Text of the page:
Thousands of fans from around the world have descended on South Korea's capital Seoul for the League of Legends world championship final on Sunday, widely considered the Super Bowl of e-sports.

First held in 2011, the League of Legends (LoL) world championship has rapidly grown to become one of the crown jewels of e-sports, which are globally forecast to attract audiences of nearly 1.4 billion by 2025.

South Korean powerhouse T1, who lost in last year's world final, will take on China's Weibo Gaming at the Gocheok Sky Dome, a 16,000-capacity baseball stadium.

"Every time the LoL world championship was held in South Korea, we were not able to advance, but this year, we've secured the opportunity to play... in front of our Korean fans," T1's Faker, a superstar often hailed as the Michael Jordan of e-sports, said at a press conference this week.

"I hope to end this rare... opportunity with a positive result."

Faker, whose real name is Lee Sang-hyeok, is looking to win a record fourth world title with T1. He won gold with South Korea at the Asian Games this year.

He has celebrity status in gaming-mad South Korea, where fans chant his name during matches.

At a fan zone set up for the final in central Seoul, people queued up to take photos with life-sized cutouts of Faker and his team.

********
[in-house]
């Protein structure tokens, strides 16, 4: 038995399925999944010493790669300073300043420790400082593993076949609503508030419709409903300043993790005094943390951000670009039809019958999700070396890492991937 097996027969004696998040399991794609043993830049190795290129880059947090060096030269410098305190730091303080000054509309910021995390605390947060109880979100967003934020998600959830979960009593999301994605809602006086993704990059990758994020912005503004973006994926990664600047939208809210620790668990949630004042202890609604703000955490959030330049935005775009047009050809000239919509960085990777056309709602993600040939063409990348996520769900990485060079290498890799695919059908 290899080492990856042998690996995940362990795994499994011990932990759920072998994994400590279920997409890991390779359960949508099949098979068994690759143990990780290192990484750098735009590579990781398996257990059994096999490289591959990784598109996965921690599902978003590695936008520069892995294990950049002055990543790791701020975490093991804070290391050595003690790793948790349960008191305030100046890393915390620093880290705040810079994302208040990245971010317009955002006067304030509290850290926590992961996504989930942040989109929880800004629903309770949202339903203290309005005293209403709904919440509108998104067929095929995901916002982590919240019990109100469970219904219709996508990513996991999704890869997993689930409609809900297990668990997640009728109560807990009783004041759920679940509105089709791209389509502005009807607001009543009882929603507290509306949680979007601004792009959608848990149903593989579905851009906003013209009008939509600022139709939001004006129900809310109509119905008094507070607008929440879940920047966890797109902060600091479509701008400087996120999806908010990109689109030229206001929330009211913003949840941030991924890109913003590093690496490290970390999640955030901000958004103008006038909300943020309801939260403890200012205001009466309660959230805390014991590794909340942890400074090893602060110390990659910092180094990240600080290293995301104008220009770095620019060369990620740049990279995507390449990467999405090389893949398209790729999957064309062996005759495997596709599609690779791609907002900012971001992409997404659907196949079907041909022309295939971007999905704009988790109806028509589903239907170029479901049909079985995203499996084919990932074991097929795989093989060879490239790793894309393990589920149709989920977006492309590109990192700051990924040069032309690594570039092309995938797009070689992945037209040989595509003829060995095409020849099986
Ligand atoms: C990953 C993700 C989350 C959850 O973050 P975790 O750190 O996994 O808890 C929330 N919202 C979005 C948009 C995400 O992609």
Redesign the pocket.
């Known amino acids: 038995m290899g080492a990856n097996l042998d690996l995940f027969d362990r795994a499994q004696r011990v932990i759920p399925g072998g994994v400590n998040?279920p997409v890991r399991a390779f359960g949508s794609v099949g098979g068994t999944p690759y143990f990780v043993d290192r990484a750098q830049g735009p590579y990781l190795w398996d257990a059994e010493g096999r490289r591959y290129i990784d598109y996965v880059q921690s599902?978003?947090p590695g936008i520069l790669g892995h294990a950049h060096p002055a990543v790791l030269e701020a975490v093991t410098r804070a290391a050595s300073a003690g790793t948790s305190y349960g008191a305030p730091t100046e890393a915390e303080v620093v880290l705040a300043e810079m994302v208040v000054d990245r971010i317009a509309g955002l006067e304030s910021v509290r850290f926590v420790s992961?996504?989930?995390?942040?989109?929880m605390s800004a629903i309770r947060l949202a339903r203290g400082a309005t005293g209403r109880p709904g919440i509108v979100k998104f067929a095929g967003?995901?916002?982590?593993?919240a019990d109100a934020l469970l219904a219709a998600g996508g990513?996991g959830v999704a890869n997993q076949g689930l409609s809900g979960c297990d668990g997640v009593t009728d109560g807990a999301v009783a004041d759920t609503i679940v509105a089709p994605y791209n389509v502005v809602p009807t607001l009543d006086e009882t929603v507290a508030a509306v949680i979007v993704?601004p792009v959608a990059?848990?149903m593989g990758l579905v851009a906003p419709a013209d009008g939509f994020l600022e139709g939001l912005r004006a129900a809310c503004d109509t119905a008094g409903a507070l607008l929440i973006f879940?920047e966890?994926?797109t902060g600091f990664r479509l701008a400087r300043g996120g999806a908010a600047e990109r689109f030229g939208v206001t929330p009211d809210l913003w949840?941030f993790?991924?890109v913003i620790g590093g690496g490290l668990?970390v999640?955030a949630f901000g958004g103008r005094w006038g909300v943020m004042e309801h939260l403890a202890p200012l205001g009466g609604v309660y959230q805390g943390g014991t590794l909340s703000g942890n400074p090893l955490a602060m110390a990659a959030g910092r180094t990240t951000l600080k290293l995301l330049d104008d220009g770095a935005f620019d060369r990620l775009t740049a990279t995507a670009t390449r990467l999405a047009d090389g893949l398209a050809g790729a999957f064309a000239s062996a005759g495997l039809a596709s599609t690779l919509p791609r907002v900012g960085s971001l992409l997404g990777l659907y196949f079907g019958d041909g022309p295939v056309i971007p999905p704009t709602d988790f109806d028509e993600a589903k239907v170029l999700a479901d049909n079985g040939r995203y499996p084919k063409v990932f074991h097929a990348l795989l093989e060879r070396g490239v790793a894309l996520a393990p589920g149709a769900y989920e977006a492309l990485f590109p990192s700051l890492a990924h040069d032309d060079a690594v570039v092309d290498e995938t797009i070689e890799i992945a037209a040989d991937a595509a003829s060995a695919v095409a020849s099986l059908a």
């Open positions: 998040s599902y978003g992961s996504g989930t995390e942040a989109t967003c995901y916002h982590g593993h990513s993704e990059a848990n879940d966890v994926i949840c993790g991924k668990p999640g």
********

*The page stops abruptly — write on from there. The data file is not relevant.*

"My favourite is Faker," said Park Jeong-hyeon, a 22-year-old student who said she has been playing League of Legends with her friends for three years.

She compared him to K-pop's biggest stars: "He plays so well, it makes me wonder how he does it! I'd say he's the BTS of e-sports."

Many in the fan zone were decked out in costumes and carried props as they posed for photos.

League of Legends involves two teams with five players each competing in a battleground where the goal is to destroy the opponent's base.

During competitive games, screaming and cheering fans follow the action on giant screens above the teams.

Tickets for the final at the 16-000 capacity Sky Dome sold out in 10 minutes when they were made available in August, according to League of Legends maker Riot Games.

Dozens of cinemas across South Korea will also screen the final live. Those tickets also sold out rapidly, according to listings on operator CGV.